The City’s Human Services Committee on Monday voted 4-1 in favor of the second of three proposed immigration resolutions. The approved resolution broadly calls for comprehensive immigration reform at the federal level but stops short of providing specific guidelines for City employees. The resolution now moves to the Council for action.
Before the committee were three separate proposals. The initial resolution, first introduced to the committee on Jan. 7, aimed to clarify the community’s support for the local immigrant population. It offered specific guidelines for City employees to ensure that immigration status is not a barrier to receiving social services or unlawfully used in criminal complaints against non-citizens. Concerned that the first resolution would bring undo attention from federal immigration authorities to Evanston, Alderman Lionel Jean-Baptiste, 2nd Ward, drafted the broader resolution recommended by the committee. The third proposal was a combination of the two.
At last month’s meeting, the committee postponed a vote on the resolutions to allow time for the City’s law department to conduct a thorough review of the relevant federal immigration statutes. City staff attorney Lisa Woods told the committee on Monday there were two key federal laws at play regarding the third resolution: 8 USC 1634 and 8 USC 1373. Ms. Woods was particularly concerned about language in the first and third resolutions that would have prohibited City employees from disclosing a person’s immigration status to federal authorities. According to federal law, Ms. Woods said, “the City cannot prohibit voluntary disclosure of immigration status.”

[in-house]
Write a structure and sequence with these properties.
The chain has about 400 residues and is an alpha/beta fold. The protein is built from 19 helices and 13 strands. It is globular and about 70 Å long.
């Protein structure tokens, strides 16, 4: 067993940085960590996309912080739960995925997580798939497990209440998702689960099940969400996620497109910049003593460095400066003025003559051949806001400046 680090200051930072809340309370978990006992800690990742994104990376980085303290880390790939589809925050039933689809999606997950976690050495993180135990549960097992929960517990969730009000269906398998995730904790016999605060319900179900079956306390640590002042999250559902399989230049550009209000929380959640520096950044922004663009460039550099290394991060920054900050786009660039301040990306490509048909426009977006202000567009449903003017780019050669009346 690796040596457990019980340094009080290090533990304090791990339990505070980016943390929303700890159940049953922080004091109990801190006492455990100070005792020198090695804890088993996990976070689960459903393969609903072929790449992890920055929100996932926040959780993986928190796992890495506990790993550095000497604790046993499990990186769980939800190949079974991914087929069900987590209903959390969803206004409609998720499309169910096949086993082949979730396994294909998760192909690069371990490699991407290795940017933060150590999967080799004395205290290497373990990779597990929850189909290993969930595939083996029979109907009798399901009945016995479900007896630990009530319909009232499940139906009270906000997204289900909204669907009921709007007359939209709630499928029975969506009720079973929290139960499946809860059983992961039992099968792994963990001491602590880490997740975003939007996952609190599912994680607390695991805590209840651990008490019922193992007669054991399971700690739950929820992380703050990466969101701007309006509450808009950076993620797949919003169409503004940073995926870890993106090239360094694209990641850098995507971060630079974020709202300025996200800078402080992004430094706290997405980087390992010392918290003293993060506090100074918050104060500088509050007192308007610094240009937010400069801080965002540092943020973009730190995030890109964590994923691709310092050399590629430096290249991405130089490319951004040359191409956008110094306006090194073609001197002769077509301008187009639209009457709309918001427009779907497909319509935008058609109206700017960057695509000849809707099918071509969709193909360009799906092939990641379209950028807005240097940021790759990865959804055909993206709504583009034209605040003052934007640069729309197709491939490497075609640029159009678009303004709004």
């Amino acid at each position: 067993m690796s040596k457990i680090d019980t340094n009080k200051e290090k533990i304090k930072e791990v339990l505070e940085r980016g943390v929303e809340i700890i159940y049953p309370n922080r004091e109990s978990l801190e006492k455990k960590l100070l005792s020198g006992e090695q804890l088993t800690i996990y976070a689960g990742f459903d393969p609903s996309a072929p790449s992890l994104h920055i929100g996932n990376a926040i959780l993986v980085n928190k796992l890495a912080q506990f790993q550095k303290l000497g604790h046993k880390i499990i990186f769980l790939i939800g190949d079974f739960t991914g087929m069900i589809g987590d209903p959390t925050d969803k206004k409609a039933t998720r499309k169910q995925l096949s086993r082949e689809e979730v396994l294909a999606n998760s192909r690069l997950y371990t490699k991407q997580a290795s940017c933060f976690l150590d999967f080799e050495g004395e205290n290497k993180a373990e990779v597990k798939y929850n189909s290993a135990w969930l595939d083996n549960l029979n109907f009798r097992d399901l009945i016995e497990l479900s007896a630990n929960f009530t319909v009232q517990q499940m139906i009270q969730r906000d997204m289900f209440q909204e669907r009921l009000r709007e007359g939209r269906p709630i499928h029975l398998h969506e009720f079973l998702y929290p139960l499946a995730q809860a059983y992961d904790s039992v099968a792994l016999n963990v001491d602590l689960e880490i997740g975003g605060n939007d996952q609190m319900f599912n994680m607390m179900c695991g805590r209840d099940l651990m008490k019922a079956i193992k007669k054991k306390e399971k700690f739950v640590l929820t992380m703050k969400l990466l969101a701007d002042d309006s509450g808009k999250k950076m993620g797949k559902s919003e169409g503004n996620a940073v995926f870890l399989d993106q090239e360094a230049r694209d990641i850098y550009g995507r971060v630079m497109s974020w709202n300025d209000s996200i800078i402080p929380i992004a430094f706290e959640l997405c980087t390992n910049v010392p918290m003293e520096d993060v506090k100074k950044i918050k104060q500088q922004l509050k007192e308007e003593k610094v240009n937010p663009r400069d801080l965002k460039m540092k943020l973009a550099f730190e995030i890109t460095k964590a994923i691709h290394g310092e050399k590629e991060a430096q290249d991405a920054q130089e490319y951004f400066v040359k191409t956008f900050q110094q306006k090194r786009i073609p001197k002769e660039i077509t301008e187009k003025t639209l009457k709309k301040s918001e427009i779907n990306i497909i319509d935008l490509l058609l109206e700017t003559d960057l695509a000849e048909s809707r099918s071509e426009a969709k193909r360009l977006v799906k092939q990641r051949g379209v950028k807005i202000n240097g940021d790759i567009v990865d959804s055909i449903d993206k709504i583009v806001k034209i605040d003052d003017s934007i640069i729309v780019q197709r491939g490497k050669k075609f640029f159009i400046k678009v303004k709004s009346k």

Ald. Edmund Moran, 6th Ward, who co-authored both the first and third resolutions, inquired as to whether the phrase in the resolution, “… unless required to
do so by law …” was sufficient to prevent any preemption of federal authority. “In my mind that [phrase] would remove the objection you perceive,” he told Ms. Woods.
Ms. Woods’s conclusion, however, was that “in the absence of a law requiring such disclosure, then the [City] employee would be left with voluntary disclosure, and that’s what the proposal would prohibit.”
Ms. Woods said the second resolution, limited to policy statements and calls to action, is “completely legal.”
Ald. Moran suggested several motions for amendment of the third proposal’s language. The other four committee members did not second them.
“[The third proposal] creates a perception that we can protect people, and I don’t think we can,” said Ald. Jean-Baptiste. “But for the lack of courage in Washington, we wouldn’t be talking about this. … Where we aim to shoot the arrow is at the national policy.”
Ald. Moran, the committee’s lone dissenter, agreed that comprehensive federal immigration reform was necessary, but said the second resolution fails to “signal to our residents that we are making a strong statement of support for our citizens.”
“We should not say we lost if we do not pass the third option,” said Ald. Jean-Baptiste. “In a sense, I think we do all the things the humane and just treatment [proposal] is calling for.”